Should LMPD reinstate the gang unit?
He's only a candidate for mayor but now Metro Councilman Jim King is upsetting the police chief saying he's ready for a change when it comes to the police department.
King says he has a long record of fighting crime and wants to re-vamp the department if he's elected mayor.
Now, Metro Police Chief Robert White is firing back.
Community activists and even a former FOP president joined Metro Councilman Jim King as he announced his platform for mayor curbing gang violence and street crime.
King wants to go back to how things were before Chief Robert White took the top spot at LMPD. That approach is causing a heated debate.
Mattie Jones, Community Activist, said, "When this gentleman, Jim King, a loving kind man a human being says enough is enough and we make a change in this community."
With a hug, Jones showed her support.
King announced he wants major changes in how the police department is run, saying, “I know we have flex platoons in the divisions but I'm looking for something more comprehensive in nature. I want to restore the gang squad. Gang violence is on the rise."
In addition to re-instating the gang squad, King wants to re-vitalize the street crimes unit while adding more money to the metro narcotics force and rehab programs.
Former FOP President David James now heads a law enforcement committee for Councilman King.
James said, "I support Councilman King because dealing with the issue of narcotics and gangs can tremendously effect our overall crime problem in Louisville."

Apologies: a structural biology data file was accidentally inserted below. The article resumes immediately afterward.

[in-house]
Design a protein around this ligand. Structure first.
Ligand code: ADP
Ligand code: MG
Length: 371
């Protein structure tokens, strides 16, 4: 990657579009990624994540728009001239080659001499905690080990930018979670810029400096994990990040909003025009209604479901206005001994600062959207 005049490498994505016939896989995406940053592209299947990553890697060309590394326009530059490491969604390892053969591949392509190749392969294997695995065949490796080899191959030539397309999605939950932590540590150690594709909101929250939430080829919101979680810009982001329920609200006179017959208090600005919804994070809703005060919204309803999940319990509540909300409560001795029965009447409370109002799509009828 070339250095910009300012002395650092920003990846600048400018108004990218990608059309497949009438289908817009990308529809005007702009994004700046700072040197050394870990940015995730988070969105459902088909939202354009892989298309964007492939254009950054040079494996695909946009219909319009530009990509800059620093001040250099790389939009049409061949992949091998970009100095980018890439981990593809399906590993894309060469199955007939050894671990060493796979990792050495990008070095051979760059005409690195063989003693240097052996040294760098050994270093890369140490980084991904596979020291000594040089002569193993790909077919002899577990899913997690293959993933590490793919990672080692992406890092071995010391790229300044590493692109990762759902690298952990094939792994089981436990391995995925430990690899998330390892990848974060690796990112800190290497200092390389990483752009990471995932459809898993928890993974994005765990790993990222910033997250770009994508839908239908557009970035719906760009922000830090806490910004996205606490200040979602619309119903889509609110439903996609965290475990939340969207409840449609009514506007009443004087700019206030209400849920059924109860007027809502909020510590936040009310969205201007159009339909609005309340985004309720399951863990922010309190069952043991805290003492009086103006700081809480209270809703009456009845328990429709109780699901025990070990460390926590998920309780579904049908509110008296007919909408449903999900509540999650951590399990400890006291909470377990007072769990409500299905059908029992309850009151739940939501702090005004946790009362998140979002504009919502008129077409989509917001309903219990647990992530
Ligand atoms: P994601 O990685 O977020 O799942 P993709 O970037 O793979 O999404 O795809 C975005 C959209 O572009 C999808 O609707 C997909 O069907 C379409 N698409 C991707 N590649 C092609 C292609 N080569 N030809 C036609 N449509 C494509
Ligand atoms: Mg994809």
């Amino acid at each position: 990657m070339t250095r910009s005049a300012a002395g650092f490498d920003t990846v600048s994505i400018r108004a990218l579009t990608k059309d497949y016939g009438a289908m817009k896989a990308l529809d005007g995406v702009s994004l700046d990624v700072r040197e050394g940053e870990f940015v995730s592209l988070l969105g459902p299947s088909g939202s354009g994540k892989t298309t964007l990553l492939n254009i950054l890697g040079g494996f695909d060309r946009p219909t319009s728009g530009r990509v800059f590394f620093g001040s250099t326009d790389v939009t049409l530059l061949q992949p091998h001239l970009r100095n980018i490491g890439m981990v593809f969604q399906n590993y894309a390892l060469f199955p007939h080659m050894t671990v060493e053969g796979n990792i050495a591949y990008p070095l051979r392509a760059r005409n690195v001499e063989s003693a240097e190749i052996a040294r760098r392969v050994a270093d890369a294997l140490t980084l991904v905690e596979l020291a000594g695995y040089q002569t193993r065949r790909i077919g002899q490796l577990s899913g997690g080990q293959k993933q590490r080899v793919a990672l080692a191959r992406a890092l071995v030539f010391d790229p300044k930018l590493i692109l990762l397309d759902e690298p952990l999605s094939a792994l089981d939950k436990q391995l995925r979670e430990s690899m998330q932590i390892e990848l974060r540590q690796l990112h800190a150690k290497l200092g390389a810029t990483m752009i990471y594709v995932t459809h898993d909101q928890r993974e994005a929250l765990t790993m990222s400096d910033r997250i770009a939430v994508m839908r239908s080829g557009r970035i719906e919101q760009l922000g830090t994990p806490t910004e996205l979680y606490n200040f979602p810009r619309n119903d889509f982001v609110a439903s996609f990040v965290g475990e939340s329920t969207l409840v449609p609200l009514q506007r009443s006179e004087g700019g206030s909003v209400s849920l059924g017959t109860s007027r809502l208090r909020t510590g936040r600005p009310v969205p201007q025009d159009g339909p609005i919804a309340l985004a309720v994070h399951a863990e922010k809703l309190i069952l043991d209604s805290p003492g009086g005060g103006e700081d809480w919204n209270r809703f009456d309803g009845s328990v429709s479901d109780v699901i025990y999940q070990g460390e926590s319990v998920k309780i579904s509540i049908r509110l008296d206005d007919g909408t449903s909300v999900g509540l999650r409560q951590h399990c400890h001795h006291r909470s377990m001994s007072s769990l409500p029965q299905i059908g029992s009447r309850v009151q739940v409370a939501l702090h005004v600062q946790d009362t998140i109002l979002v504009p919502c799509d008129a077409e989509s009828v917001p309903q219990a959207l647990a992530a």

To date King says University Hospital spent more than $12 million on gun-related emergencies.
Adding to that the 40211 zip code in the west end has the highest number of injuries because of it.
And King argues bringing back specialty units is the answer to Chief White's dismay.
He said, "I'm a little (sigh) I'm a little taken back of this whole approach."
Since Chief White took over in 2003, his focus moved to community-oriented policing while downsizing specialty units.
According to him, right now there are 8 street crime units that patrol hot spots with guns, gangs and drugs with more than 1600 arrests made since the county-city merger.
"We will have the largest decrease in crime since merger this year. It's going to be somewhere between nine and ten percent decrease," said White.
Finally, White says whoever is chosen as the next police chief must have a firm grasp on how to deal with violent crimes.
"Whoever he would like to become the Chief, I would suggest that person doesn't have a clue what it takes to the Louisville Metro Police Department."
Metro Councilman King is also the budget chair and says they're looking at federal money or partnerships to beef up specialty crime units if he's elected mayor.
King didn't say who he'd choose as police chief and Chief White only would confirm he's talked to several mayoral candidates about continuing to work here without a firm answer on whether or not he'll stay.